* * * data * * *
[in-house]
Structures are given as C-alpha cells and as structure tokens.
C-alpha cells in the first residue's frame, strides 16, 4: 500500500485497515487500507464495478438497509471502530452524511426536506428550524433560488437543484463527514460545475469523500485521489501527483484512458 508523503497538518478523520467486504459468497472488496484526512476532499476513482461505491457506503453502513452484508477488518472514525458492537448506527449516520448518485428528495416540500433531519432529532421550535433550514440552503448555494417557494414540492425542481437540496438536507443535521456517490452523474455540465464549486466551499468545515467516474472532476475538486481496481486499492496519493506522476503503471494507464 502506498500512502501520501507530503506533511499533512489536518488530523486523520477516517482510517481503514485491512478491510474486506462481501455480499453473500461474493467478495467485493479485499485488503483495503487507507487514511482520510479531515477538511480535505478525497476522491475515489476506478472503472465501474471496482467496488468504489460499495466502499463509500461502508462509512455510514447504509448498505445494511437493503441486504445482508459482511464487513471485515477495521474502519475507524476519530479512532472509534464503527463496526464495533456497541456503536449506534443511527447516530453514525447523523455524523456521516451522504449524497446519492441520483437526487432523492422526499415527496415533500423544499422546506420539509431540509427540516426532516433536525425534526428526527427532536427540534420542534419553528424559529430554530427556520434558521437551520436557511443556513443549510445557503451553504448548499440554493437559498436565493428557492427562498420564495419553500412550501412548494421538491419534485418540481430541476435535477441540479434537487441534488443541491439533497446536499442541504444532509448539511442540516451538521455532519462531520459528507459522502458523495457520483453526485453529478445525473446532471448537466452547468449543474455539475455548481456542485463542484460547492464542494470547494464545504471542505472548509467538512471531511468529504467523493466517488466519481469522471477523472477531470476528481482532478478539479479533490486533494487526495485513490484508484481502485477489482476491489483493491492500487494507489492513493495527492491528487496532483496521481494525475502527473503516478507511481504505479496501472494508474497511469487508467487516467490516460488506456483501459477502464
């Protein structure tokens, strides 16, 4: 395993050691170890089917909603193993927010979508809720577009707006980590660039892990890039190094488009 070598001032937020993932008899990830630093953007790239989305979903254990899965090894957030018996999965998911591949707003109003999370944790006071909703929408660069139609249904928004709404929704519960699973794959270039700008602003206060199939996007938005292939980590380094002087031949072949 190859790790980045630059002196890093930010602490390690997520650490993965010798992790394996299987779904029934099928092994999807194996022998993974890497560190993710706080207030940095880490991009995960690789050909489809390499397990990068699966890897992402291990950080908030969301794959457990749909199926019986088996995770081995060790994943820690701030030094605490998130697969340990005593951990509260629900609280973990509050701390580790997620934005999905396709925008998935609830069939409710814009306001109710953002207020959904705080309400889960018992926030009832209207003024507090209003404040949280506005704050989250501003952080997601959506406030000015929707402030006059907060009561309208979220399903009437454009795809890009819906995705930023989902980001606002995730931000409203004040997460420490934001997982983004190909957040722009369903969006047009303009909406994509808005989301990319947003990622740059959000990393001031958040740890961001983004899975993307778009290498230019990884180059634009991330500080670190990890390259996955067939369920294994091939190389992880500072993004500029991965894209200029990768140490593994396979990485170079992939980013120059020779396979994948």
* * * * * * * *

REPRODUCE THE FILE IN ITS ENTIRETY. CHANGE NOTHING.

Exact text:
[in-house]
Structures are given as C-alpha cells and as structure tokens.
C-alpha cells in the first residue's frame, strides 16, 4: 500500500485497515487500507464495478438497509471502530452524511426536506428550524433560488437543484463527514460545475469523500485521489501527483484512458 508523503497538518478523520467486504459468497472488496484526512476532499476513482461505491457506503453502513452484508477488518472514525458492537448506527449516520448518485428528495416540500433531519432529532421550535433550514440552503448555494417557494414540492425542481437540496438536507443535521456517490452523474455540465464549486466551499468545515467516474472532476475538486481496481486499492496519493506522476503503471494507464 502506498500512502501520501507530503506533511499533512489536518488530523486523520477516517482510517481503514485491512478491510474486506462481501455480499453473500461474493467478495467485493479485499485488503483495503487507507487514511482520510479531515477538511480535505478525497476522491475515489476506478472503472465501474471496482467496488468504489460499495466502499463509500461502508462509512455510514447504509448498505445494511437493503441486504445482508459482511464487513471485515477495521474502519475507524476519530479512532472509534464503527463496526464495533456497541456503536449506534443511527447516530453514525447523523455524523456521516451522504449524497446519492441520483437526487432523492422526499415527496415533500423544499422546506420539509431540509427540516426532516433536525425534526428526527427532536427540534420542534419553528424559529430554530427556520434558521437551520436557511443556513443549510445557503451553504448548499440554493437559498436565493428557492427562498420564495419553500412550501412548494421538491419534485418540481430541476435535477441540479434537487441534488443541491439533497446536499442541504444532509448539511442540516451538521455532519462531520459528507459522502458523495457520483453526485453529478445525473446532471448537466452547468449543474455539475455548481456542485463542484460547492464542494470547494464545504471542505472548509467538512471531511468529504467523493466517488466519481469522471477523472477531470476528481482532478478539479479533490486533494487526495485513490484508484481502485477489482476491489483493491492500487494507489492513493495527492491528487496532483496521481494525475502527473503516478507511481504505479496501472494508474497511469487508467487516467490516460488506456483501459477502464
């Protein structure tokens, strides 16, 4: 395993050691170890089917909603193993927010979508809720577009707006980590660039892990890039190094488009 070598001032937020993932008899990830630093953007790239989305979903254990899965090894957030018996999965998911591949707003109003999370944790006071909703929408660069139609249904928004709404929704519960699973794959270039700008602003206060199939996007938005292939980590380094002087031949072949 190859790790980045630059002196890093930010602490390690997520650490993965010798992790394996299987779904029934099928092994999807194996022998993974890497560190993710706080207030940095880490991009995960690789050909489809390499397990990068699966890897992402291990950080908030969301794959457990749909199926019986088996995770081995060790994943820690701030030094605490998130697969340990005593951990509260629900609280973990509050701390580790997620934005999905396709925008998935609830069939409710814009306001109710953002207020959904705080309400889960018992926030009832209207003024507090209003404040949280506005704050989250501003952080997601959506406030000015929707402030006059907060009561309208979220399903009437454009795809890009819906995705930023989902980001606002995730931000409203004040997460420490934001997982983004190909957040722009369903969006047009303009909406994509808005989301990319947003990622740059959000990393001031958040740890961001983004899975993307778009290498230019990884180059634009991330500080670190990890390259996955067939369920294994091939190389992880500072993004500029991965894209200029990768140490593994396979990485170079992939980013120059020779396979994948």